How do different version control systems handle binary files?
I have heard some claims that SVN handles binary files better than Git/Mercurial. Is this true and if so then why? As far as I can imagine, no version control system (VCS) can diff and merge changes between two revisions of the same binary resources.
So, aren’t all VCS’s bad at handling binary files? I am not very aware of the technical details behind particular VCS implementations so maybe they have some pros and cons.
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The main pain point is in the “Distributed” aspect of any DVCS: you are cloning everything (the all history of all files)
Since binaries aren’t stored in delta for most of them, and aren’t compressed as well as text file, if you are storing rapidly evolving binaries, you end up quickly with a large repository which becomes much cumbersome to move around (push/pull).
For Git for instance, see What are the git limits?.
Binaries aren’t a good fit for the feature a VCS can bring (diff, branch, merge), and are better managed in an artifact repository (like a Nexus for example).
This is not necessary the case for a CVCS (Centralized VCS) where the repository could play that role and be a storage for binaries (even if its not its primary role)
One clarification about git and binary files.
Git is compressing binary files as well as text files. So git is not crap at handling binary files as someone suggested.
Any file that Git adds will be compressed into loose objects. It doesn’t matter if they are binary or text. If you have a binary or text file and you commit it, the repository will grow. If you make a minor change to the file and commit again your repository will grow again at approximately the same amount depending on the compression ratio.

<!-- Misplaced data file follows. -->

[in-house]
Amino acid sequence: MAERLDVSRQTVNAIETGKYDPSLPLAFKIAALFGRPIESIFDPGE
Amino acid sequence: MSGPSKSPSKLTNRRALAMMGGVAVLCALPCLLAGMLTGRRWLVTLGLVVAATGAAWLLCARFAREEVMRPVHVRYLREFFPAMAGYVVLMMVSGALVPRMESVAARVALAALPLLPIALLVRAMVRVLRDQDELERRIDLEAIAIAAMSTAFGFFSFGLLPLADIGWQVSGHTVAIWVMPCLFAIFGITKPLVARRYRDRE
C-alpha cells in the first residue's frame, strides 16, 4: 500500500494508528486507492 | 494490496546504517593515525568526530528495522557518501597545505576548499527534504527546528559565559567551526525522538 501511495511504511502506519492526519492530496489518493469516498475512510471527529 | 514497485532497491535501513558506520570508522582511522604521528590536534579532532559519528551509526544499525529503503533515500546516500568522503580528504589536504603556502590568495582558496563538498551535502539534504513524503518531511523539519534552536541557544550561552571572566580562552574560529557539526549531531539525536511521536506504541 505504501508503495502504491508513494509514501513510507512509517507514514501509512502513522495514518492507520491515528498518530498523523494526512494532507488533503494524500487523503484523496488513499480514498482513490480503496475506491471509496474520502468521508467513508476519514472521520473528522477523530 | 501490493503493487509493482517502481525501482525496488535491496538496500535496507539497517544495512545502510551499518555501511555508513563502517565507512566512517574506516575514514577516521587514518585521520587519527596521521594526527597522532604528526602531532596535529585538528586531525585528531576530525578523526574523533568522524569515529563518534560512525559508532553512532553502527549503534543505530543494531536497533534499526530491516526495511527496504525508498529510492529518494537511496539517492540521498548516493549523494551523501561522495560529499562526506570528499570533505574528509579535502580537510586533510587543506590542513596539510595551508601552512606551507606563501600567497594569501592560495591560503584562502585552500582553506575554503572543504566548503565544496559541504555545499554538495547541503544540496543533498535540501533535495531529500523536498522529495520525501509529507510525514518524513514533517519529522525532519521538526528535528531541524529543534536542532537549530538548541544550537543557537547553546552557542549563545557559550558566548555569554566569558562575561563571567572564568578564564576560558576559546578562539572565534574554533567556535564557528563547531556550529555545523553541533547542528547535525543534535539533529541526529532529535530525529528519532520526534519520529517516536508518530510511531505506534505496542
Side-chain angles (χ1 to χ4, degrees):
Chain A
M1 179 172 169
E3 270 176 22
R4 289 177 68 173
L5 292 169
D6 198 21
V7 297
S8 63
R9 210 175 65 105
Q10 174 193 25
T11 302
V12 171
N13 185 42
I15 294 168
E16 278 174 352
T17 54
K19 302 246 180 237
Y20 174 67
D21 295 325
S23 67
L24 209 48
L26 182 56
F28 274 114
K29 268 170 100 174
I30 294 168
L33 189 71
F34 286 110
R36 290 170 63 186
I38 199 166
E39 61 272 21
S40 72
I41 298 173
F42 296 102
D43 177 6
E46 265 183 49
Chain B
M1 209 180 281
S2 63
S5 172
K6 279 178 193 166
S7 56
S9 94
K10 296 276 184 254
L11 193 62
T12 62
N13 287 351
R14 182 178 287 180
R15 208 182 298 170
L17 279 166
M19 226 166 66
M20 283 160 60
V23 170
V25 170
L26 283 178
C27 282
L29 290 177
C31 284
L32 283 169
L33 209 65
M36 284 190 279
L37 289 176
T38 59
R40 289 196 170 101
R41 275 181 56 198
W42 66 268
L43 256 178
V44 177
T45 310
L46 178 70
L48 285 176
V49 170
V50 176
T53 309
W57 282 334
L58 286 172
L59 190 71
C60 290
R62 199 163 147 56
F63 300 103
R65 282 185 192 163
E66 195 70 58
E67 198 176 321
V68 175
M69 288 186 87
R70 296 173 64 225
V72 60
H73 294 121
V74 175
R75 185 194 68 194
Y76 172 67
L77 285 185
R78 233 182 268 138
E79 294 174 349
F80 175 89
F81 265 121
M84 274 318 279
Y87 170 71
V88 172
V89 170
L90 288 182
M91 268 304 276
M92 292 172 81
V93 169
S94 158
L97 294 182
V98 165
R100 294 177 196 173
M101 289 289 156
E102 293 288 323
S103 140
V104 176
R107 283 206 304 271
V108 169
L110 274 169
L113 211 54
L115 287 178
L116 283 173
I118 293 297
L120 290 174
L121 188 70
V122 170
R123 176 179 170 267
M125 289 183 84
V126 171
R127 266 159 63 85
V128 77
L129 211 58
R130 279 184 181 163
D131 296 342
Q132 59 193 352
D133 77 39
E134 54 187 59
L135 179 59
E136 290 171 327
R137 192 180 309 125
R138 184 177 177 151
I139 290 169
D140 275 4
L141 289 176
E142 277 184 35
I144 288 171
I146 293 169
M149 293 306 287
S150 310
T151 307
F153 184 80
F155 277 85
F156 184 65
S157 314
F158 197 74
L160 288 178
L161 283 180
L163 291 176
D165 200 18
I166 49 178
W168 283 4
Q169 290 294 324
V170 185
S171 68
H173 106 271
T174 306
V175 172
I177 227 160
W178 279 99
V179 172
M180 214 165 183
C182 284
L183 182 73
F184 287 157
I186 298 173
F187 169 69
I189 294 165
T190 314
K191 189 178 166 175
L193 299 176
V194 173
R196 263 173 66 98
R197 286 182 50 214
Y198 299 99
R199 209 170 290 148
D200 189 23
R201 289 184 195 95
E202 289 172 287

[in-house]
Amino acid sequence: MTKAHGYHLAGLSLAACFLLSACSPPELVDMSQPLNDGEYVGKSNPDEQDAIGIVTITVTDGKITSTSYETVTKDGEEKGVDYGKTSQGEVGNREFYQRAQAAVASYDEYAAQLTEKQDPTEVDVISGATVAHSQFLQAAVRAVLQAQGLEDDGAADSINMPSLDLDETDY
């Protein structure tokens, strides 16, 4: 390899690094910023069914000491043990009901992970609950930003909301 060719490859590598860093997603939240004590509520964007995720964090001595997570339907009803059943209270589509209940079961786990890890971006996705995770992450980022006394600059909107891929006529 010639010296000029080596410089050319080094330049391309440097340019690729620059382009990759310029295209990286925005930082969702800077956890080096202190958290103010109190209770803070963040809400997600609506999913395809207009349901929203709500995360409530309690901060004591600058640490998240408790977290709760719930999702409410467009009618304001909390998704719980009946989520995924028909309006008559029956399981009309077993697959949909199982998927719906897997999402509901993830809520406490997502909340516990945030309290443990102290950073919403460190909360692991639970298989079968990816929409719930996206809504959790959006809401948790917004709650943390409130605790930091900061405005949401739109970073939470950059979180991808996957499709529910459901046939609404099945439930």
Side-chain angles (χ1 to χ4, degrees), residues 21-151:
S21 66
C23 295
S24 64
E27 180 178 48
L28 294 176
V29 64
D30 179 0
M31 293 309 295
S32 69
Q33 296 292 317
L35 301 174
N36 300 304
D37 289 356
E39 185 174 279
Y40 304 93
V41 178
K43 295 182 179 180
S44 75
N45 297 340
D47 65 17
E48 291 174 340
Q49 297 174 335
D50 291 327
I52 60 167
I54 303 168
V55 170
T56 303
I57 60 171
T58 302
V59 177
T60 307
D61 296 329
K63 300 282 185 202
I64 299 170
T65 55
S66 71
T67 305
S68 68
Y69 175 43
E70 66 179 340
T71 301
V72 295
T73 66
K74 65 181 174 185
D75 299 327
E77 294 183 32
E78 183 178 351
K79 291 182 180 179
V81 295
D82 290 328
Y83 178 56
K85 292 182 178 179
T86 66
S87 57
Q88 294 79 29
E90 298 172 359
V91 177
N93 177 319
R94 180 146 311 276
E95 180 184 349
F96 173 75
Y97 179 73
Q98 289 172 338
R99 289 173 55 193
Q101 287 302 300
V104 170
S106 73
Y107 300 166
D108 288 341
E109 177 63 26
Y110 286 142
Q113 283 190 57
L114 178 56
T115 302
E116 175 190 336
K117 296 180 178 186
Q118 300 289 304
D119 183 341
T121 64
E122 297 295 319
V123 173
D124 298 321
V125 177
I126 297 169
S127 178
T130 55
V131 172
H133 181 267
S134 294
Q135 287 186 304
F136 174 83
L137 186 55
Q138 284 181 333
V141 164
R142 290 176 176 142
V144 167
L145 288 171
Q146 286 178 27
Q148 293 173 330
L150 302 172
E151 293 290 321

Then you make a
git gc. Git will find similarities in the binary or text files and compress them together. You will have a good compression if the similarities are large.
If, on the other hand there are no similarities between the files, you will not have much of a gain compressing them together compared to compressing them individually.
Here is a test with a bit-mapped picture (binary) that I changed a little:
martin@martin-laptop:~/testing123$ git init Initialized empty Git repository in /home/martin/testing123/.git/ martin@martin-laptop:~/testing123$ ls -l total 1252 -rw------- 1 martin martin 1279322 Jan 8 22:42 pic.bmp martin@martin-laptop:~/testing123$ git add . martin@martin-laptop:~/testing123$ git commit -a -m first [master (root-commit) 53886cf] first 1 files changed, 0 insertions(+), 0 deletions(-) create mode 100644 pic.bmp // here is the size: martin@martin-laptop:~/testing123$ du -s .git 1244 .git // Changed a few pixels in the picture martin@martin-laptop:~/testing123$ git add . martin@martin-laptop:~/testing123$ git commit -a -m second [master da025e1] second 1 files changed, 0 insertions(+), 0 deletions(-) // here is the size: martin@martin-laptop:~/testing123$ du -s .git 2364 .git // As you can see the repo is twice as large // Now we run git gc to compress martin@martin-laptop:~/testing123$ git gc Counting objects: 6, done. Delta compression using up to 2 threads. Compressing objects: 100% (4/4), done. Writing objects: 100% (6/6), done. Total 6 (delta 1), reused 0 (delta 0) // here is the size after compression: martin@martin-laptop:~/testing123$ du -s .git 1236 .git // we are back to a smaller size than ever...